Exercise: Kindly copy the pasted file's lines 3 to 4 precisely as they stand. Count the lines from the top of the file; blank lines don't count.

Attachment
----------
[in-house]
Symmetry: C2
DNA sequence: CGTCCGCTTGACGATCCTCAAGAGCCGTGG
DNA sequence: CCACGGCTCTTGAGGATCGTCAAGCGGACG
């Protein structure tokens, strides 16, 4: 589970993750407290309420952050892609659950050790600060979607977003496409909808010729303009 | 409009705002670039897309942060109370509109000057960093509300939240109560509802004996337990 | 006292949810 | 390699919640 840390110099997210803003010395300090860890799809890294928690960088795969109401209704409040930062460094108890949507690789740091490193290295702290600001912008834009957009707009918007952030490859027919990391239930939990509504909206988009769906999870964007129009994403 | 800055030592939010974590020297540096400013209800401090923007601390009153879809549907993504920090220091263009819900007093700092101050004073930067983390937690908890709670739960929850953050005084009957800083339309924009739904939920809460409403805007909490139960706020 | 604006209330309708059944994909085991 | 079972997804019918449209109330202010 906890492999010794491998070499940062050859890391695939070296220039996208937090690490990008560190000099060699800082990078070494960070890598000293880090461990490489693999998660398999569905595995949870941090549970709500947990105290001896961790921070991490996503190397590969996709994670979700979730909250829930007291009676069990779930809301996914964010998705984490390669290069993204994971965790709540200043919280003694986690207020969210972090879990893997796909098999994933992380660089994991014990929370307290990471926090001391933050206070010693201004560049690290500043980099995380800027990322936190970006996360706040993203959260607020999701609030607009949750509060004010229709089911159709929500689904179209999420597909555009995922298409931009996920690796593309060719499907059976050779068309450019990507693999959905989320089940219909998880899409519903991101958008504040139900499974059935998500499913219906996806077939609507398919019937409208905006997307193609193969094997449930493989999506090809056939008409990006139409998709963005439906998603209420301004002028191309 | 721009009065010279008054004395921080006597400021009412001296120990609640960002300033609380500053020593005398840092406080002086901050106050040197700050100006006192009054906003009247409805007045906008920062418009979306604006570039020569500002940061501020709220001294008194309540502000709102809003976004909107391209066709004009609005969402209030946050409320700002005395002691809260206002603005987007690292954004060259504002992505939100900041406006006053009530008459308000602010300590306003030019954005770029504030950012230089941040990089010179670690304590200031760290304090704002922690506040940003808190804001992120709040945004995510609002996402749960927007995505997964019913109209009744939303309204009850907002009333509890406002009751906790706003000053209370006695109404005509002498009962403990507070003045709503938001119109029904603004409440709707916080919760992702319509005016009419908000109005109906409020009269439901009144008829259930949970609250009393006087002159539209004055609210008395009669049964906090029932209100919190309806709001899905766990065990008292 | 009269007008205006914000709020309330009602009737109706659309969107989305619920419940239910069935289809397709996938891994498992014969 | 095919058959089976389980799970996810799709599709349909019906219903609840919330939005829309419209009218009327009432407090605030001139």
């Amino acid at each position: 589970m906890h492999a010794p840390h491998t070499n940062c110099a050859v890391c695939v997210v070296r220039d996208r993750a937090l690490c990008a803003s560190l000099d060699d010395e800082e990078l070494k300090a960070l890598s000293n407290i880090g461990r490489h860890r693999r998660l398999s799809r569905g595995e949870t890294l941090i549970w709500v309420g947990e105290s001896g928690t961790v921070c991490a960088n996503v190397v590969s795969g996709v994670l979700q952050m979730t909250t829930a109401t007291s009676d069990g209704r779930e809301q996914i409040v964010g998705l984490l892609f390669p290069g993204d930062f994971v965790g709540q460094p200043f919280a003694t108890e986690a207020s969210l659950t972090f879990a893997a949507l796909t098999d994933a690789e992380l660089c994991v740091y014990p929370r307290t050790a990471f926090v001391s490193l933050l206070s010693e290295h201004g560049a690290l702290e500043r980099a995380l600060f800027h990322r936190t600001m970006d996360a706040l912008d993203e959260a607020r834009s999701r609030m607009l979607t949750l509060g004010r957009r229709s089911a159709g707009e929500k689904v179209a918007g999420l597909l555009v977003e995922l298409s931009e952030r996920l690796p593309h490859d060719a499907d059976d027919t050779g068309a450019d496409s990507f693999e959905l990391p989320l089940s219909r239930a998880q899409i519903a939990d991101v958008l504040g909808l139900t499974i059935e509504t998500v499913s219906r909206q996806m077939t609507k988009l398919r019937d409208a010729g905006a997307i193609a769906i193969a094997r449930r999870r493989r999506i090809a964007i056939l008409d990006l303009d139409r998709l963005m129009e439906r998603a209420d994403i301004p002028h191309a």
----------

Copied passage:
DNA sequence: CGTCCGCTTGACGATCCTCAAGAGCCGTGG
DNA sequence: CCACGGCTCTTGAGGATCGTCAAGCGGACG